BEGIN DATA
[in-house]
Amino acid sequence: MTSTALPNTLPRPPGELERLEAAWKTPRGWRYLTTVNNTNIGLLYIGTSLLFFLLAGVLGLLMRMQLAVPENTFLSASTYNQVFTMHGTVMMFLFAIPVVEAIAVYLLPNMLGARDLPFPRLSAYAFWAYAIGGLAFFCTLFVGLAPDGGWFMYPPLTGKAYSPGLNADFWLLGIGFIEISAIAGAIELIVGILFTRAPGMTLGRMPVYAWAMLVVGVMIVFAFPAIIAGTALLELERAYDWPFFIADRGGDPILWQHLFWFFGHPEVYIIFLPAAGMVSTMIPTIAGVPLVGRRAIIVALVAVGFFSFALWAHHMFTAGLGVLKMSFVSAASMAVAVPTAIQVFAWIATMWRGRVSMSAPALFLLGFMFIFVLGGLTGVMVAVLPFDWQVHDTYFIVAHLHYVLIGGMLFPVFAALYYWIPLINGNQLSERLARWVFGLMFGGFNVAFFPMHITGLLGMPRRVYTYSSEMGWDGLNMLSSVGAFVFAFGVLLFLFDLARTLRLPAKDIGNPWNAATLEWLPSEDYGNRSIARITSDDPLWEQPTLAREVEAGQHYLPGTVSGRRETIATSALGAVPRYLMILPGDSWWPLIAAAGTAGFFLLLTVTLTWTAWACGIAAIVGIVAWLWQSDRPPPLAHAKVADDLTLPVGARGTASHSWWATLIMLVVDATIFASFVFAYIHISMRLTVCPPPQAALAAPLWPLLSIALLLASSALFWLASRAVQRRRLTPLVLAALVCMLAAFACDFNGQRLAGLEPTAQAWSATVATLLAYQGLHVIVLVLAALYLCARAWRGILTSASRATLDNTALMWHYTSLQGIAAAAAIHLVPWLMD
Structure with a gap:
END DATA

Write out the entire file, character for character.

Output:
[in-house]
Amino acid sequence: MTSTALPNTLPRPPGELERLEAAWKTPRGWRYLTTVNNTNIGLLYIGTSLLFFLLAGVLGLLMRMQLAVPENTFLSASTYNQVFTMHGTVMMFLFAIPVVEAIAVYLLPNMLGARDLPFPRLSAYAFWAYAIGGLAFFCTLFVGLAPDGGWFMYPPLTGKAYSPGLNADFWLLGIGFIEISAIAGAIELIVGILFTRAPGMTLGRMPVYAWAMLVVGVMIVFAFPAIIAGTALLELERAYDWPFFIADRGGDPILWQHLFWFFGHPEVYIIFLPAAGMVSTMIPTIAGVPLVGRRAIIVALVAVGFFSFALWAHHMFTAGLGVLKMSFVSAASMAVAVPTAIQVFAWIATMWRGRVSMSAPALFLLGFMFIFVLGGLTGVMVAVLPFDWQVHDTYFIVAHLHYVLIGGMLFPVFAALYYWIPLINGNQLSERLARWVFGLMFGGFNVAFFPMHITGLLGMPRRVYTYSSEMGWDGLNMLSSVGAFVFAFGVLLFLFDLARTLRLPAKDIGNPWNAATLEWLPSEDYGNRSIARITSDDPLWEQPTLAREVEAGQHYLPGTVSGRRETIATSALGAVPRYLMILPGDSWWPLIAAAGTAGFFLLLTVTLTWTAWACGIAAIVGIVAWLWQSDRPPPLAHAKVADDLTLPVGARGTASHSWWATLIMLVVDATIFASFVFAYIHISMRLTVCPPPQAALAAPLWPLLSIALLLASSALFWLASRAVQRRRLTPLVLAALVCMLAAFACDFNGQRLAGLEPTAQAWSATVATLLAYQGLHVIVLVLAALYLCARAWRGILTSASRATLDNTALMWHYTSLQGIAAAAAIHLVPWLMD
Structure with a gap: